Furthermore, pilots have become the first line of technical support between their home-base and the passengers. Applications loaded on their phones or tablets allow the crew to at least confirm if the Wi-Fi is available and if a connection can be made.
A typical management company relies heavily on its charter division to bolster ancillary income for themselves and the client. This usually begins with a meeting between the two parties to understand what the owners want and to discuss their expectations. Keeping the aircraft mission-capable will surely lead to a discussion about connectivity. Many charter companies have lost trips due to a bad passenger experience using the Wi-Fi, or insufficient cabin technology.
If you take anything from this section of the article, remember the following: Passengers want the same connectivity experience that they receive at home or in the office, and if you choose to offer your aircraft for charter, but install an inexpensive system that only allows text messaging; simple emails without attachments; no internet; and a short list of applications, your aircraft [or your client’s aircraft] will sit on the tarmac!
Best Equipped, First Sold
Adding connectivity to your aircraft also allows you to keep it ahead of the competition in the event that you plan to sell it. Aircraft that do not have connectivity onboard, or offer cheap systems will witness a similar effect to its resale value as a home in a neighborhood adjacent to a garbage dump!
Most flight departments allocate funds every year to keep the aircraft current with the latest technologies, but the focus can easily be swayed by the needs of the crew in the cockpit. The cabin has become the focal point over the last few years, and prospective buyers want to know what technology is onboard to keep them productive in-flight. The following points will assist you in an upgrade:
• Understand what cabin technologies are currently onboard;
• Sit down with the owner and passengers to understand their expectations;
• Does the aircraft fly domestically, internationally or both;
• Attend a leading industry event like NBAA, EBACE, ABACE or LABACE to discover more about the products available;
• Research and choose three different products that fit both your flight profile and passenger expectations;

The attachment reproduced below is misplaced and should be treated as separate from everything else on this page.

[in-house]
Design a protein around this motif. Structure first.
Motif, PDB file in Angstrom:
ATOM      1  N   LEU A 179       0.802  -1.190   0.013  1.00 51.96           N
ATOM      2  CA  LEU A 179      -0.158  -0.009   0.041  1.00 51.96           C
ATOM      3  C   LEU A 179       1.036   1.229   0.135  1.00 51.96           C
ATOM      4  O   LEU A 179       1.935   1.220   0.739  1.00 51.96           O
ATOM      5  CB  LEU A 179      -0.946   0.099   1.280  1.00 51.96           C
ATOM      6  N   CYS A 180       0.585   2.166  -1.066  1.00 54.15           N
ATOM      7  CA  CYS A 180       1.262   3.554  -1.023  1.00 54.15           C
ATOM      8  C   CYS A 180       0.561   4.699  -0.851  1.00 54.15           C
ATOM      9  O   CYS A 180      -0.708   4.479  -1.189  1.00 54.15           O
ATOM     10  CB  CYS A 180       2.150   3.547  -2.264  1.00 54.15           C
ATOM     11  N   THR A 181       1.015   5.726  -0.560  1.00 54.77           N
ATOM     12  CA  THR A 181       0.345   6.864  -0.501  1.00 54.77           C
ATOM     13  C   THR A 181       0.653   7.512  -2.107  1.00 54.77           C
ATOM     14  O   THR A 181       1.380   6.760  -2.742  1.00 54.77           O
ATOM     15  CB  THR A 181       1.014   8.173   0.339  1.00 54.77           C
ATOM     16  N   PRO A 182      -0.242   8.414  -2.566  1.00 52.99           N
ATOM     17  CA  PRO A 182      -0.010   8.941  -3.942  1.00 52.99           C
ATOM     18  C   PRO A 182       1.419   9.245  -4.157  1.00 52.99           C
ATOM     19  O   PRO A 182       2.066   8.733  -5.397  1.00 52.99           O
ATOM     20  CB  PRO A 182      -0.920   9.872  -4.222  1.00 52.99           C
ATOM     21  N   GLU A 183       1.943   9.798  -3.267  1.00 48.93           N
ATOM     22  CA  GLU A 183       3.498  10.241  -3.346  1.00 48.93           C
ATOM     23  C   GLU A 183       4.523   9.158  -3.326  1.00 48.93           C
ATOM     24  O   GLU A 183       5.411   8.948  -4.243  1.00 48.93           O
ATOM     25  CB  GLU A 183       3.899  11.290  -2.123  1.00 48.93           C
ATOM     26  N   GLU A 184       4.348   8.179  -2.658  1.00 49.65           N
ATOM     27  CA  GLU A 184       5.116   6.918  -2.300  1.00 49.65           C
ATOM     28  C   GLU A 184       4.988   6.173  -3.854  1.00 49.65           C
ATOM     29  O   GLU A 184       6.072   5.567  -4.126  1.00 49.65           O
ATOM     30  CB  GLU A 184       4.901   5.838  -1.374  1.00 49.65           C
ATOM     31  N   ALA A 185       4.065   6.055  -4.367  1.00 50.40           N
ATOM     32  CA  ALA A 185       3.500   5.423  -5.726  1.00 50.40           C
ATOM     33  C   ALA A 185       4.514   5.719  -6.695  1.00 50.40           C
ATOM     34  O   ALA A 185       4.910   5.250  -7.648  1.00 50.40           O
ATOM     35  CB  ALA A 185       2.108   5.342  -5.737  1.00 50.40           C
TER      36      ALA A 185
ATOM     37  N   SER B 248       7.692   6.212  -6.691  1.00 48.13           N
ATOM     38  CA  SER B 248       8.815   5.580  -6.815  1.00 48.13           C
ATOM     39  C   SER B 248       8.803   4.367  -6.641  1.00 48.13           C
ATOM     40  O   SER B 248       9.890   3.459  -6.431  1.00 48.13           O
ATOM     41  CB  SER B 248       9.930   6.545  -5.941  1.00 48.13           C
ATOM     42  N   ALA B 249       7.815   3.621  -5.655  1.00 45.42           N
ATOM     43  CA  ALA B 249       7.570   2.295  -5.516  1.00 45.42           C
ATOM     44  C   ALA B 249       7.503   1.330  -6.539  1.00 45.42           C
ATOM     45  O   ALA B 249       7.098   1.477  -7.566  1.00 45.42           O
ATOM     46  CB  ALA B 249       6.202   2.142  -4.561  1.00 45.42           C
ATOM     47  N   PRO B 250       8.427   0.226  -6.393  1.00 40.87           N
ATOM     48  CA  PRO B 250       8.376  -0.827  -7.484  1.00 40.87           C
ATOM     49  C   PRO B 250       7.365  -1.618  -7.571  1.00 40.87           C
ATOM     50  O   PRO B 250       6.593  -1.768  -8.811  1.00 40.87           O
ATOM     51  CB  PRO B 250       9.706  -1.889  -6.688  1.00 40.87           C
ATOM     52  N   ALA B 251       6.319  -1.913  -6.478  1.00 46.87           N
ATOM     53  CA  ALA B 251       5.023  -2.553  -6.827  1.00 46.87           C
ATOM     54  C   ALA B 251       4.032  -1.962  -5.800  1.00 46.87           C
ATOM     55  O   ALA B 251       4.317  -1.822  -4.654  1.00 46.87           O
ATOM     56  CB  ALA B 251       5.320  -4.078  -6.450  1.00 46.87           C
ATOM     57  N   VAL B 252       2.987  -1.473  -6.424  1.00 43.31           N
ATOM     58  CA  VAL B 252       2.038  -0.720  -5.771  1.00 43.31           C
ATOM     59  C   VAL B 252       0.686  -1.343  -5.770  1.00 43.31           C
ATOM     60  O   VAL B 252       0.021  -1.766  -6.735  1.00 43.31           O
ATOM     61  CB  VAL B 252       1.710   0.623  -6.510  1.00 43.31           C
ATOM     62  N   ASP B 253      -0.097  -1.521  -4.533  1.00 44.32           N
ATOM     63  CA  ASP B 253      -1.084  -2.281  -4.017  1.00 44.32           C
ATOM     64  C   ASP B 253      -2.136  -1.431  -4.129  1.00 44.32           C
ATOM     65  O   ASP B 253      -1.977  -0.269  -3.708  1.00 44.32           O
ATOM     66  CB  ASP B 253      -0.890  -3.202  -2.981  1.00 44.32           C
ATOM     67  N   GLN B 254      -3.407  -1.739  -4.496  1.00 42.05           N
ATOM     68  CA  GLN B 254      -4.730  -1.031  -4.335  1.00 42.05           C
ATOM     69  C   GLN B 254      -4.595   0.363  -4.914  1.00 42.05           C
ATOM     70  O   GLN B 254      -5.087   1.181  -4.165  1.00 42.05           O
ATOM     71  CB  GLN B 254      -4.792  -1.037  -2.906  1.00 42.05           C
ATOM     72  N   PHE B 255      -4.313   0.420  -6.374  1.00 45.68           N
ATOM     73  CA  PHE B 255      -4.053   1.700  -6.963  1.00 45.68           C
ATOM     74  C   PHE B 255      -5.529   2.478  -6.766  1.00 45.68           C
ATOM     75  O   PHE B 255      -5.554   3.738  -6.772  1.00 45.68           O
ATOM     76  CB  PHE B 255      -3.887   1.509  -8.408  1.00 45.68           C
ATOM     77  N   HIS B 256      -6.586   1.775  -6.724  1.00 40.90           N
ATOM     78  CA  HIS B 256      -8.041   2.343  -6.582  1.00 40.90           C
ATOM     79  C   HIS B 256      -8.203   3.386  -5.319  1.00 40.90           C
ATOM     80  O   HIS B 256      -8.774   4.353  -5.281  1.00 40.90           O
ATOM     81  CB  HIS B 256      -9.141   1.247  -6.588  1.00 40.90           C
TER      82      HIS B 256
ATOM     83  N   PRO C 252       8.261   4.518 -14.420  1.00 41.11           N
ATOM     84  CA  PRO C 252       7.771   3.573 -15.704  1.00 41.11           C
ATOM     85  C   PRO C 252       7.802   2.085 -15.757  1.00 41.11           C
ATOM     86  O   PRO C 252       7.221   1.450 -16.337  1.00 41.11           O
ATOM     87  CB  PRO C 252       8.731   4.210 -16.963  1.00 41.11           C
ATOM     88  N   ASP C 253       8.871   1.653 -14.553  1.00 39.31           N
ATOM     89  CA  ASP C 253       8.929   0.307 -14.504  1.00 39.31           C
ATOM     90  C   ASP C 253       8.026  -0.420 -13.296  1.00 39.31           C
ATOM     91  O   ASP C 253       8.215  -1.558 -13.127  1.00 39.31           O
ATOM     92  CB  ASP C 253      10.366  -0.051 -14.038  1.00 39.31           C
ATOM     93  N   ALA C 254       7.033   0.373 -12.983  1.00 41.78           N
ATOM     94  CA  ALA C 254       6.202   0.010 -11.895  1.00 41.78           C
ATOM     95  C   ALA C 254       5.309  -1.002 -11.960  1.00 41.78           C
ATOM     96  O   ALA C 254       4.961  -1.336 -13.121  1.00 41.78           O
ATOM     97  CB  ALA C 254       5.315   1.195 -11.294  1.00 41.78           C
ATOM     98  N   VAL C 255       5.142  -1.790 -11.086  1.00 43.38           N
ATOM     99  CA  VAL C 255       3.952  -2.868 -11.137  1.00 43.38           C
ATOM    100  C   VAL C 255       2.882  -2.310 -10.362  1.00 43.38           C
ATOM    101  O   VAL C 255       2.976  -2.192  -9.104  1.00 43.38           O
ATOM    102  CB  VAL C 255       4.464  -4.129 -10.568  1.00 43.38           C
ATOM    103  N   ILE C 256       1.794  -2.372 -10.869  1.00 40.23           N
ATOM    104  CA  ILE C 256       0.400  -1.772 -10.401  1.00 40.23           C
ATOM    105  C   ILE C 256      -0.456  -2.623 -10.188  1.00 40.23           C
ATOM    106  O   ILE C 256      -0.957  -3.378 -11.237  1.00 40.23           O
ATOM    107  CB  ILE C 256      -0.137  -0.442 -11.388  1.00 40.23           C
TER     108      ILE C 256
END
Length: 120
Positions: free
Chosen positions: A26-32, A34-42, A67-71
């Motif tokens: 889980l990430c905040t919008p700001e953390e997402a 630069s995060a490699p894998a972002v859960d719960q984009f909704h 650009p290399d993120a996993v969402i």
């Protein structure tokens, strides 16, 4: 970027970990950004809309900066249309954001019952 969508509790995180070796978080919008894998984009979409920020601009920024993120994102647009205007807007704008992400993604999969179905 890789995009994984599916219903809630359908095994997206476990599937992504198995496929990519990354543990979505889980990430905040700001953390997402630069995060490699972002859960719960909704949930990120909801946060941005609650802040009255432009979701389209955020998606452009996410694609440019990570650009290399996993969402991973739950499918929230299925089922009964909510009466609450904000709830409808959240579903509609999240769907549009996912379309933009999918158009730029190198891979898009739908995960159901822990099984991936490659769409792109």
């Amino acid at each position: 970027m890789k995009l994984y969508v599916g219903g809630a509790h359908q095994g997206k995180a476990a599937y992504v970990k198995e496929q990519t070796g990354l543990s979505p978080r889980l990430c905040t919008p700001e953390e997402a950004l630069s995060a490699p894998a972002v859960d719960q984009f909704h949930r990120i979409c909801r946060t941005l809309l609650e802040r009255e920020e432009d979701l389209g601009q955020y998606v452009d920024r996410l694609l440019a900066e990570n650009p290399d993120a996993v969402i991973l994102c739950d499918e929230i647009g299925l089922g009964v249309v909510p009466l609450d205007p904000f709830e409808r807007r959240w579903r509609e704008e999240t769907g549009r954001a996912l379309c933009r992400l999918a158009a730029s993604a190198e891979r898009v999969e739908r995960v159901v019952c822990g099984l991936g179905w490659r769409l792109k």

• Discuss the upgrade with three leading MROs that focus on cabin connectivity, and solicit proposals for the work scope;
• Choose the company you feel the most comfortable with after checking references, and schedule the upgrade at your next maintenance interval.
Costly Monthly Service Fees
The excitement of having internet onboard quickly dissipates when the first monthly service bill arrives. Earlier plans offered unlimited usage for a fixed monthly price, but individual consumption of data has risen dramatically during the past few years and service providers can no longer absorb the extra costs.
Service plans offered today allow you to choose an option that gives you a set amount of data for a set price each month. Once that data threshold is exceeded, you are subject to ‘overage’ costs (usually based on a per Megabyte amount).
It’s imperative that flight departments educate crew and passengers on how to control costs.
Most people today carry multiple devices and have their Wi-Fi always activated searching for an open network. Once they board the aircraft these devices will automatically log onto the server and background data will start to run. It’s easy for 5-6 passengers to have 15-18 devices consuming data, and that doesn’t factor in the crew!
Laminated user guides are common on board to assist passengers with how to use the system. I recommend adding a section highlighting how to control the usage of data that will result in lower monthly costs…
• Turn the Wi-Fi “off” on the devices you’re not currently using;
• Avoid streaming services;
• Reduce social media site visits;
• Prohibit any software or program updates;
• Filter out Cloud applications.
Service costs are the most overlooked part of the upgrade process. Much time is spent searching the right product and installation facility, yet service costs can equal or exceed the installation price in as little as 18 months. When discussing the plan options with your chosen service provider, ask what control filters they possess to help keep your costs down.
Today we think of connectivity as a conduit for the internet, email and texting. Moving forward this technology will evolve within the aircraft to encompass everything, including in-flight entertainment, environmental controls, on-board system diagnostics, databases, engines and emergency medical events. Owners and operators must keep their aircraft “enabled” so their current and prospective new clients don’t view it as “disabled”.